Adjunct Associate Professor
Microbiology and Immunology
Bressler Research Building, BRB 3-025A
Education and Training
- Pirogov Moscow Medical Institute, Moscow, Russian Federation, BS, Biophysics, 1983
- Institute for Transplantation and Artificial Organs, Moscow, Russian Federation, PhD, 1990
- Uniformed Services University of Health Science, France, Post-Doctoral Fellow, Immunology, 2002
Dr. Toshchakov graduated from the Pirogov Moscow Medical Institute with the B. S. degree in Biophysics and received his Ph.D. degree from the Institute for Transplantation and Artificial Organs, Moscow, Russia for his studies of ischemia-reperfusion injury to isolated organs and cells. His postdoctoral training was in the field of Innate Immunity at the Department of Microbiology and Immunology, Uniformed Services University of Health Sciences, Bethesda with Dr. Stefanie Vogel.
Cell signaling. Toll-like receptors. TIR domains.
Toshchakov V, Jones BW, Perera P-Y, Thomas K, Cody MJ, Zhang S, Williams BRG, Major J, Hamilton TA, Fenton MJ, Vogel SN. TLR4, but not TLR2, mediates IFN-b-induced STAT1 a/b-dependent gene expression in macrophages. Nature Immunol. 2002 April; 3(4); 392-8.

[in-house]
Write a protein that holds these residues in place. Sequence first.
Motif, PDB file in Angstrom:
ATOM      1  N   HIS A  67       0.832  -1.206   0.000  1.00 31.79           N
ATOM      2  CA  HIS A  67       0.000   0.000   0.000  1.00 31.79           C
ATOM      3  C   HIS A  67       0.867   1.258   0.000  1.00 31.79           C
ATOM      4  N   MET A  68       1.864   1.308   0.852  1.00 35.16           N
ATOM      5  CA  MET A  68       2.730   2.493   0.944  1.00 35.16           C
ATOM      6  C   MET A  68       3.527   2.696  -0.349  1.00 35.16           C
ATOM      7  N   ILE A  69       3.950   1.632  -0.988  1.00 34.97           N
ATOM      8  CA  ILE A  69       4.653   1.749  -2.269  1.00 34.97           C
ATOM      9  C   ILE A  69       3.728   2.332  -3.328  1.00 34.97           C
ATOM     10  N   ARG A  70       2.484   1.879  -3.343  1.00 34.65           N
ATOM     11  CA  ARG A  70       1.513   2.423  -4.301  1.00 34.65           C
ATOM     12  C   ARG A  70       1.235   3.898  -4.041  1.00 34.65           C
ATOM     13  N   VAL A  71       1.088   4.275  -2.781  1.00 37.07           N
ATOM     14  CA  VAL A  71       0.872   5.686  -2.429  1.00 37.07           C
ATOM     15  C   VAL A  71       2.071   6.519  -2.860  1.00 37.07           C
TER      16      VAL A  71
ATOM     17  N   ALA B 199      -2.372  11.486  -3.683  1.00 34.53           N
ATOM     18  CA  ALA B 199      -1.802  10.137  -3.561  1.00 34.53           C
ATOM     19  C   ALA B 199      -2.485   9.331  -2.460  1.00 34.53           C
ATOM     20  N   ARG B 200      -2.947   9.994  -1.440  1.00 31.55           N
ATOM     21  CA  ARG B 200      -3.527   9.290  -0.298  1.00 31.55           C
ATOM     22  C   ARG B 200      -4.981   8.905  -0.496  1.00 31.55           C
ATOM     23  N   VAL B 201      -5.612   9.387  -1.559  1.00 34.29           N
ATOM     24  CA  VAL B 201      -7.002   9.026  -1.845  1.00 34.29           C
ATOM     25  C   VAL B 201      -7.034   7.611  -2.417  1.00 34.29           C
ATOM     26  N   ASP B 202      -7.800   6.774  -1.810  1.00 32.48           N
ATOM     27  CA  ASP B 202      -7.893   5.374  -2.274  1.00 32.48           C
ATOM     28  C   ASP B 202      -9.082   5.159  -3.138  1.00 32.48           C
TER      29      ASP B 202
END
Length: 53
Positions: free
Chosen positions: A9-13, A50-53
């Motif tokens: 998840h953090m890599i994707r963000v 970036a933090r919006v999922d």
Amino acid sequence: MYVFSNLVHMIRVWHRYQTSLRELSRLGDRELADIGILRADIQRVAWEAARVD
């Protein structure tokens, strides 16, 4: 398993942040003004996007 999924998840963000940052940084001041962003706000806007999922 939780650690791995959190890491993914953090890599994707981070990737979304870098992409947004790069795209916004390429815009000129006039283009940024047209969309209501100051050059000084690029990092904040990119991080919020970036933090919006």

Toshchakov VY, and Vogel SN. Cell-penetrating TIR BB loop decoy peptides: a novel class of TLR signaling inhibitors and a tool to study topology of TIR-TIRinteractions. Exp. Opin. Biol. Ther. 2007; 7(7), 1035-1050. Review.
Toshchakov VY, Szmacinski H, Couture LA, Lakowicz JR, & Vogel SN. Targeting TLR4 Signaling by TLR4 TIR-derived Decoy Peptides: Identification of the TLR4 TIR Dimerization Interface. J Immunol. 2011 Apr; 186(8), 4819-27.
Piao W, Vogel SN, Toshchakov VY. Inhibition of TLR4 Signaling by TRAM-derived Decoy Peptides in Vitro and in Vivo. J. Immunol. 2013 Mar 1; 190(5):2263-72.
Piao W, Shirey KA, Ru LW, Lai W, Szmacinski H, Snyder GA, Sundberg EJ, Lakowicz JR, Vogel SN, Toshchakov VY. A Decoy Peptide that Disrupts TIRAP Recruitment to TLRs Is Protective in a Murine Model of Influenza. Cell Reports 2015 Jun 30; 11(12): 1941-52.
Broadly, our research interests are on the molecular mechanisms that govern the assembly and disassembly of transitory protein complexes in signaling. The focus of current research is on the recruitment of adapter proteins to activated Toll-like receptors (TLR) and consequent initiation of intracellular TLR signaling. Translational significance of our studies is in the development of inhibitors that interfere with formation of oligomeric protein complexes in signaling.